Info: OliverCAC@gmail.com 250-498-0183.
Presented by the Oliver Community Arts Council.
THE BRAIN THAT LIVES ON THE SHELF
How well I remember being dragged, screaming and kicking, into the world of computers. The year was 1982, I was in my mid 30’s and had a fear of computers taking over our lives.
Most of us have at least one computer in our home and use them for emailing, word processing and many other functions. However in those early days I was suspicious of the workings of computers. I had read sci-fi novels and seen movies where they were portrayed as machines with brains, capable of changing the course of mankind’s future.
I was right of course, maybe not in the scary, brain controlling way that I thought, but the world now completely depends on computers for virtually every single thing we do. We have put so much of our information into computers that the business world plus medical, travel and any other thing you can think of cannot function without them.
The scariest words in the world are “the computer is down”. How often have you heard that when trying to book an appointment, complain about any particular service or ask questions about a utility account? Without computers business just cannot function.
Remember the dreaded approach to the year 2000? It was almost like approaching the end of the world as millions of people worried that the business world would no longer function.
During the last part of my schooling I applied for a weekend job in the local Woolworth’s store. I was taken into an office given pencil and paper and had to do a list of additions and subtractions. This basic knowledge and a pleasant attitude were the only requirements needed for the job of being in charge of my particular counter.
Nowadays, you cannot buy a box of matches if the computer is down and sales clerks are no longer able to do this simple transaction. Even the smallest purchase has to be done through the computer as the information keyed in not only gives the correct change but alerts the store that one box of matches has been removed from stock. This constant stocktaking is the reason that shelves very rarely are seen empty, the computer keeps tabs on what is needed to be reordered.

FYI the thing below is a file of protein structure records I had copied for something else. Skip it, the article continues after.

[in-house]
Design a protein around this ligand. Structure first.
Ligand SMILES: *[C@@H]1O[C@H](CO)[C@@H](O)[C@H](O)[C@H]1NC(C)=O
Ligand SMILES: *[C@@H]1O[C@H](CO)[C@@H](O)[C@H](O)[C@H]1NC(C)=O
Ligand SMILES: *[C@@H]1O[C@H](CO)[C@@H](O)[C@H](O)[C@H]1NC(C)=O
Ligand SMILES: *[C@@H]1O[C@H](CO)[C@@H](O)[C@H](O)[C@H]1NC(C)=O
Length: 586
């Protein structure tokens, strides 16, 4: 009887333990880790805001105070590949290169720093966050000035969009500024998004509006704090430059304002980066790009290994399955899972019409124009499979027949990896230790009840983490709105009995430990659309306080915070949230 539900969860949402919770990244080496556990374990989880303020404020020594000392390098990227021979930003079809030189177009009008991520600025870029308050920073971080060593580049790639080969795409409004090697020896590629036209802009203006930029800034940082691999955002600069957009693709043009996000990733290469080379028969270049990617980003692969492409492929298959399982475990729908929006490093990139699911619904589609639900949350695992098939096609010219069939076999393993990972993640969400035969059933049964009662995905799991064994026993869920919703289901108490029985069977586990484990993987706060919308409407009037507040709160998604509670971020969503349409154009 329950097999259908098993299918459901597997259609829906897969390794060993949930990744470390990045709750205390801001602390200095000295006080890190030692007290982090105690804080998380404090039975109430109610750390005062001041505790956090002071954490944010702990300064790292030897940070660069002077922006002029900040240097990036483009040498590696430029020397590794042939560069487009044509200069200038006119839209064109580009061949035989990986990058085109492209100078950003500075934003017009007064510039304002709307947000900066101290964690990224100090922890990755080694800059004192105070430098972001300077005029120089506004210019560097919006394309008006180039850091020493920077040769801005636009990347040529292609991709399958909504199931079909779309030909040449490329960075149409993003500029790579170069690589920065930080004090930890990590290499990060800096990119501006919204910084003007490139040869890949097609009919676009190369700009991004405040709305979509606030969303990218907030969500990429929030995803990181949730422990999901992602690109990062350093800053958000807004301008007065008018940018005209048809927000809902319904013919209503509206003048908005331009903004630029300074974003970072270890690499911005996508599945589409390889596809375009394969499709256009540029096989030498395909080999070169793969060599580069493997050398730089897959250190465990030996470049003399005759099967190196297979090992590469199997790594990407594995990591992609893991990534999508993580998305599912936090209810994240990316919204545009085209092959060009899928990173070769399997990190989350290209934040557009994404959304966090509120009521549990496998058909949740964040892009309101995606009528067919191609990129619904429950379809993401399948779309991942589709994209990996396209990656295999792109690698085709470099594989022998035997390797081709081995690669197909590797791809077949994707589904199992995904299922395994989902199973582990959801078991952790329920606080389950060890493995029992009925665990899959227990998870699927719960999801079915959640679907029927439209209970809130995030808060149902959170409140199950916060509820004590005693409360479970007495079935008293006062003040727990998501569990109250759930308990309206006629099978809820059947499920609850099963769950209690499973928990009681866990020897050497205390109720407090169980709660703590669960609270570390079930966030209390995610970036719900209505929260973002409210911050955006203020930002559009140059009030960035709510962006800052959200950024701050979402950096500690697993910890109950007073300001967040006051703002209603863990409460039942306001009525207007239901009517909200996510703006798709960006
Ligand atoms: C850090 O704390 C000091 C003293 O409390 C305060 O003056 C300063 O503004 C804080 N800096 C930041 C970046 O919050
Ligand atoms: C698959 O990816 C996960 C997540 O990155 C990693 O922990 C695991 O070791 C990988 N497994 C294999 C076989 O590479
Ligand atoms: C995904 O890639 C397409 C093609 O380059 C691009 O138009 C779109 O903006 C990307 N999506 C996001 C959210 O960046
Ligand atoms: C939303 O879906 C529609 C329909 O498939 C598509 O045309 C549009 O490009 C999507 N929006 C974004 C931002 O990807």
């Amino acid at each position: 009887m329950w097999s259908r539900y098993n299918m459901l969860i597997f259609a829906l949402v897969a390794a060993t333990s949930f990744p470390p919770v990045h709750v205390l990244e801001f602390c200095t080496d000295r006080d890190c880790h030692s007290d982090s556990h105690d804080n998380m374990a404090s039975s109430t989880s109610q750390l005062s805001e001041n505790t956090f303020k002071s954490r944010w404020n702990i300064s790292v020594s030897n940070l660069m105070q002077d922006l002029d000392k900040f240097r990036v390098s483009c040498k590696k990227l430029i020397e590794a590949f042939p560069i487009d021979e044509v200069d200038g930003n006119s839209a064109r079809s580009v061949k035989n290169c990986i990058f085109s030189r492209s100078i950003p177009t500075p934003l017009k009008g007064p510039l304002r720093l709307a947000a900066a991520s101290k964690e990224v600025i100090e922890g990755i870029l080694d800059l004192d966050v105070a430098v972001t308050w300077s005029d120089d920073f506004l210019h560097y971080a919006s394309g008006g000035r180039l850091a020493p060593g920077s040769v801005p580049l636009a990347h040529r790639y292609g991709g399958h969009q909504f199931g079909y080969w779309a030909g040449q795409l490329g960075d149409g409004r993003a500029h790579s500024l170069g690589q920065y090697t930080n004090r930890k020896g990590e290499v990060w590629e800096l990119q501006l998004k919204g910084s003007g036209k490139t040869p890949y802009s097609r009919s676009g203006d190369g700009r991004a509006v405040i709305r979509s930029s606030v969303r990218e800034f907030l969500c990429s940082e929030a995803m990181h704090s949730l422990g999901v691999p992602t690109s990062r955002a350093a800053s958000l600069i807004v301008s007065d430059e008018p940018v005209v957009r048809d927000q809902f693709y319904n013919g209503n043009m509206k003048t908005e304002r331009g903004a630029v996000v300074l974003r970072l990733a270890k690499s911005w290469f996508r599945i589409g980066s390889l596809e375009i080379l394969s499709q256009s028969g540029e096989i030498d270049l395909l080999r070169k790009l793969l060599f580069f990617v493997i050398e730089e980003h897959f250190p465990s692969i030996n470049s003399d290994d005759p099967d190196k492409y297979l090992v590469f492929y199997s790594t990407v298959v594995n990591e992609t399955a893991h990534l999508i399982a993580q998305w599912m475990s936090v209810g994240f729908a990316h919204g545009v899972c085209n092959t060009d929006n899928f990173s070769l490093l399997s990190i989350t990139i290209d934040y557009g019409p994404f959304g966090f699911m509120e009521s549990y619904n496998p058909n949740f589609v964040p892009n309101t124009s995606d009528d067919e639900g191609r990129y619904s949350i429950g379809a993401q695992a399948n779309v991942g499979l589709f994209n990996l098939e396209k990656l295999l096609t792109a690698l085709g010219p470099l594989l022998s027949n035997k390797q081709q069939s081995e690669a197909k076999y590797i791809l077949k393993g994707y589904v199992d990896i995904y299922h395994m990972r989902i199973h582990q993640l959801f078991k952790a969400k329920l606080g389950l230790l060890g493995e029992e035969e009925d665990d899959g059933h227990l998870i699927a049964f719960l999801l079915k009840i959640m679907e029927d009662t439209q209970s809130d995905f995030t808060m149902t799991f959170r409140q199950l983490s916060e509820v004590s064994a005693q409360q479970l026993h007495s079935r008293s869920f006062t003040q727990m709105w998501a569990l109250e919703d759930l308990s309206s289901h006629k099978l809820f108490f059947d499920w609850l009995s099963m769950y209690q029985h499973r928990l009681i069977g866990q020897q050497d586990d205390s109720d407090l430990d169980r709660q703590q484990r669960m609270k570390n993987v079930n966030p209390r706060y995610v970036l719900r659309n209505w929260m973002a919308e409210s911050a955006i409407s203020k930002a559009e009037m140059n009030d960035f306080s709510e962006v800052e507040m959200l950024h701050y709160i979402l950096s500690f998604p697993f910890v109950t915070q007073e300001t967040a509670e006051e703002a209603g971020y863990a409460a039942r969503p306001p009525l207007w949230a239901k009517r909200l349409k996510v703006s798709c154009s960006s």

My first introduction to a computer was a very simple one called a Vic 20, not a PC as we know them to day but a machine that executed all sorts of patterns and simple games if you typed in the instructions. I remember spending hours typing in two or three pages of letters, numbers and symbols and the result would be an array of stars or some sort of pattern that would dance up the screen of the small tv set the machine was hooked up to. Today’s nine year old would be disgusted with what we thought was marvellous in 1982.
We then moved up to an Atari ST which played great adventure games. I would sit up till 3.00am playing King’s Quest or Leisure Suit Larry, the graphics were so childish compared to today’s games but they were bang up to date at that time and I loved playing. I have always had a competitive nature so loved trying to do better each time I sat at the machine.
I now use my lap top mainly for word processing. It is a wonderful way to keep all my various interests and business ventures sorted into various categories all reachable at the touch of a button. With four daughters and many friends I find that emailing is the way to go, I think nothing of sending off just a couple of sentences to one of my girls where I would not bother taking the time to phone with the short message I have to impart.
When they are working they are man’s best friend but, they can be the most frustrating machine ever invented when you press a wrong button and you lose a couple of hours work to the great void where emails and accounts go to hide.